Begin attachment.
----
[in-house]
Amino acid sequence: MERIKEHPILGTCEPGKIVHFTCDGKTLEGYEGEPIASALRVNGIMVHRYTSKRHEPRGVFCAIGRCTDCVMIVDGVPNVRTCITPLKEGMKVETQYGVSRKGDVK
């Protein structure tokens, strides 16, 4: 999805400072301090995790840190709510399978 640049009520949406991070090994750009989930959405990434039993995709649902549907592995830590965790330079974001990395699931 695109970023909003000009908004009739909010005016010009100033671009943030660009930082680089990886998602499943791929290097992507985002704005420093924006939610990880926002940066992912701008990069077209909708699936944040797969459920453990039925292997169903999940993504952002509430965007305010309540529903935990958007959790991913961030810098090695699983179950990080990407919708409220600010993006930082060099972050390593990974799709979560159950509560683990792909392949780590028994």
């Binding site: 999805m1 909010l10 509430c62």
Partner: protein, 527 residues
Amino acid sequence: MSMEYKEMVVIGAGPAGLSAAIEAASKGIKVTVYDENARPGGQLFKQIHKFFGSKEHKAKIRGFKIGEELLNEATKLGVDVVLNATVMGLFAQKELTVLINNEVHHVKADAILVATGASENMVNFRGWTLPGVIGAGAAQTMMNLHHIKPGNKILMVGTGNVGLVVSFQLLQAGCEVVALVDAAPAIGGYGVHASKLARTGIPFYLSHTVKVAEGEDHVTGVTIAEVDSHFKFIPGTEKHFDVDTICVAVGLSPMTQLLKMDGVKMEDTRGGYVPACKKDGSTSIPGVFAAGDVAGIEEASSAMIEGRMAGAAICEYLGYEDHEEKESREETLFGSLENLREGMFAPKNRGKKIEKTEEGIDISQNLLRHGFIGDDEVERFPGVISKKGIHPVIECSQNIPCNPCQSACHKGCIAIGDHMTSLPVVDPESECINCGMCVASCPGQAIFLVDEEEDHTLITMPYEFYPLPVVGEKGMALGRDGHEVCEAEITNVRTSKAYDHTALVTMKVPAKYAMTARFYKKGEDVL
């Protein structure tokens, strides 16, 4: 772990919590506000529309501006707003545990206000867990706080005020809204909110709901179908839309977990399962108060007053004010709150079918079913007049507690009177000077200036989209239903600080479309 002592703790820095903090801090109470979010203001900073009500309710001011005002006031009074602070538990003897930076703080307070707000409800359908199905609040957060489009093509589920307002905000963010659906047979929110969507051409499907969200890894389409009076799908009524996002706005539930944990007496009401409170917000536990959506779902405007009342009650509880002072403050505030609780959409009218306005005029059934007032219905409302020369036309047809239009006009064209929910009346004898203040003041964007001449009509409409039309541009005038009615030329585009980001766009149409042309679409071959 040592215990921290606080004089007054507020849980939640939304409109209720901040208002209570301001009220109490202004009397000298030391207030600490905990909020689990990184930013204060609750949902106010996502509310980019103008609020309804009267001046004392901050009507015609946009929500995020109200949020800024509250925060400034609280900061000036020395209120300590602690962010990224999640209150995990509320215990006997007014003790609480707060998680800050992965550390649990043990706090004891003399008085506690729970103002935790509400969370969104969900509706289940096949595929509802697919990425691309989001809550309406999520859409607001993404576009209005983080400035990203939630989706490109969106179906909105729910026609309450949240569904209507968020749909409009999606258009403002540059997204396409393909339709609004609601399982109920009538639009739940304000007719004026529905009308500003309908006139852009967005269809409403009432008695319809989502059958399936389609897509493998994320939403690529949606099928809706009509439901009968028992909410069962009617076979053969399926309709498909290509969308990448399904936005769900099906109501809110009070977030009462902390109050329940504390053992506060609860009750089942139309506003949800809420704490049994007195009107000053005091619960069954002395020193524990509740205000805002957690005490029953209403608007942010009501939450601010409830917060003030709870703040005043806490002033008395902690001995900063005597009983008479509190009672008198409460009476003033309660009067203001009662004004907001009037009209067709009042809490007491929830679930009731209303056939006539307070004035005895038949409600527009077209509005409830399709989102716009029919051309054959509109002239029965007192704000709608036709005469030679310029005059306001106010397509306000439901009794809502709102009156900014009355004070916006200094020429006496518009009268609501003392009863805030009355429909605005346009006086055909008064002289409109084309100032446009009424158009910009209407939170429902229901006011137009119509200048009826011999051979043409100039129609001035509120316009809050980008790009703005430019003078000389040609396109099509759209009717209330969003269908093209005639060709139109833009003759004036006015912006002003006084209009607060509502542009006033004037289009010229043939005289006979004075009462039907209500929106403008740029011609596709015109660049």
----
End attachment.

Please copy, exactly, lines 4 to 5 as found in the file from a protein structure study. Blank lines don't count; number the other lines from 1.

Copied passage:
């Binding site: 999805m1 909010l10 509430c62």
Partner: protein, 527 residues